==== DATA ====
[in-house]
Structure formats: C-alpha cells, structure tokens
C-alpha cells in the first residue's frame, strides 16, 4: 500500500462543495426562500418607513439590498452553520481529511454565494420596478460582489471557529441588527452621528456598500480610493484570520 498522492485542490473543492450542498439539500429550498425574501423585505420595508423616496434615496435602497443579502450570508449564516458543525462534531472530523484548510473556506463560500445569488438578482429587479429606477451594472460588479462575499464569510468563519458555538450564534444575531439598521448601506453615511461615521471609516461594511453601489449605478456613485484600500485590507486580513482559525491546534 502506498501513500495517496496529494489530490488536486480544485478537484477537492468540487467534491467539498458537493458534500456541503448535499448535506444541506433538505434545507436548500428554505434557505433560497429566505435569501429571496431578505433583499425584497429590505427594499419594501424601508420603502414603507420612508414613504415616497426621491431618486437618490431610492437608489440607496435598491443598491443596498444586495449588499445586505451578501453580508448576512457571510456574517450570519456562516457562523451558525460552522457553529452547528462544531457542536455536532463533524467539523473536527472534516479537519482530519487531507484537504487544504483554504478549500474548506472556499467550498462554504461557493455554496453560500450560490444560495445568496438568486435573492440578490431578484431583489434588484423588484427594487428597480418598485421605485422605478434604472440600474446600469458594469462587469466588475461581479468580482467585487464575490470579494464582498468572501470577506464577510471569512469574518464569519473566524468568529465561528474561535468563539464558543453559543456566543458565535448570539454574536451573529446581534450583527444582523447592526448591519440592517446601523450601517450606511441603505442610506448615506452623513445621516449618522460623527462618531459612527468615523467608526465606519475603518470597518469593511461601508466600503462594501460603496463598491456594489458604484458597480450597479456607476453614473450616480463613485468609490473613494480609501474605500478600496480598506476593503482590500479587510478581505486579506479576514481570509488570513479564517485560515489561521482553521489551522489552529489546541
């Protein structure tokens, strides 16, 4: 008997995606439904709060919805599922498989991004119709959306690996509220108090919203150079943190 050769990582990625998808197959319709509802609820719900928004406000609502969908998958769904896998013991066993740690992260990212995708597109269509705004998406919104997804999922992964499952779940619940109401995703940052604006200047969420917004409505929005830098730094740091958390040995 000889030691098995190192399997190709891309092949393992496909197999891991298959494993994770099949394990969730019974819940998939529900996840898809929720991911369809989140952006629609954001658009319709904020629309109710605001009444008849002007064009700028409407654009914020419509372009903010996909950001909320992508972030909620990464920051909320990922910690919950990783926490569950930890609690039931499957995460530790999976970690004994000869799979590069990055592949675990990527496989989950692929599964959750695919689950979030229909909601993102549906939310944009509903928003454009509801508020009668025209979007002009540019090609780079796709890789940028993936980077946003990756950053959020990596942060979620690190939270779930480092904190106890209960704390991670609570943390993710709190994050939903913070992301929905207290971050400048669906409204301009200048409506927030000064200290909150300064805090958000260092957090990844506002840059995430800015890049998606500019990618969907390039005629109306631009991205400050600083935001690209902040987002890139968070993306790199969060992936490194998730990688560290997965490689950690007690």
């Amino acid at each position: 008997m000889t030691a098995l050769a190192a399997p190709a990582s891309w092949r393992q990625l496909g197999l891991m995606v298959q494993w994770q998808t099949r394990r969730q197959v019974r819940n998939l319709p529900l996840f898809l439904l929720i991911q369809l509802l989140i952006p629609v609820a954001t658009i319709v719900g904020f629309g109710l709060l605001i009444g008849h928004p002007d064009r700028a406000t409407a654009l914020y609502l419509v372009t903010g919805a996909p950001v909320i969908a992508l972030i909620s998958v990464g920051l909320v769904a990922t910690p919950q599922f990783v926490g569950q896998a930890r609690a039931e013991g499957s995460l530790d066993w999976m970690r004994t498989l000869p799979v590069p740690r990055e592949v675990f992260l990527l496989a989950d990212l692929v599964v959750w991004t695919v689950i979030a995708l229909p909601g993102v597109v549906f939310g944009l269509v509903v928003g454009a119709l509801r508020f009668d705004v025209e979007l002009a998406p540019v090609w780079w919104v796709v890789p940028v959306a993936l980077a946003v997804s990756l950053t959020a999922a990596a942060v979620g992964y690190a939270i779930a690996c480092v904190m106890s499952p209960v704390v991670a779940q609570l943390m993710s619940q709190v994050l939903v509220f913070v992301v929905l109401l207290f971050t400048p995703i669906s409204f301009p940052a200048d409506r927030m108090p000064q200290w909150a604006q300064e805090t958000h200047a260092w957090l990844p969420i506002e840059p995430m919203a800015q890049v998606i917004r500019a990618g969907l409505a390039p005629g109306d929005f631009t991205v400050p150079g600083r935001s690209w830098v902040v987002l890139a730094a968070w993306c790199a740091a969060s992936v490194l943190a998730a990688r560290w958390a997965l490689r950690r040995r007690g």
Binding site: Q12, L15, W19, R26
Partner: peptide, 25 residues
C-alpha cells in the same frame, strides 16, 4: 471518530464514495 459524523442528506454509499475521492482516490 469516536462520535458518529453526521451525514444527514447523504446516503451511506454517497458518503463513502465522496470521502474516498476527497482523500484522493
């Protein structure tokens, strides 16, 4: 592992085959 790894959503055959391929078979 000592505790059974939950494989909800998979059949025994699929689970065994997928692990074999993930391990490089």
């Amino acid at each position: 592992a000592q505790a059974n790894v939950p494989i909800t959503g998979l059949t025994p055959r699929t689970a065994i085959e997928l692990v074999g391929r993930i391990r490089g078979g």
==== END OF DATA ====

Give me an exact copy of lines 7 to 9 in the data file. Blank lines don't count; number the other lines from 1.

Partner: peptide, 25 residues
C-alpha cells in the same frame, strides 16, 4: 471518530464514495 459524523442528506454509499475521492482516490 469516536462520535458518529453526521451525514444527514447523504446516503451511506454517497458518503463513502465522496470521502474516498476527497482523500484522493
């Protein structure tokens, strides 16, 4: 592992085959 790894959503055959391929078979 000592505790059974939950494989909800998979059949025994699929689970065994997928692990074999993930391990490089």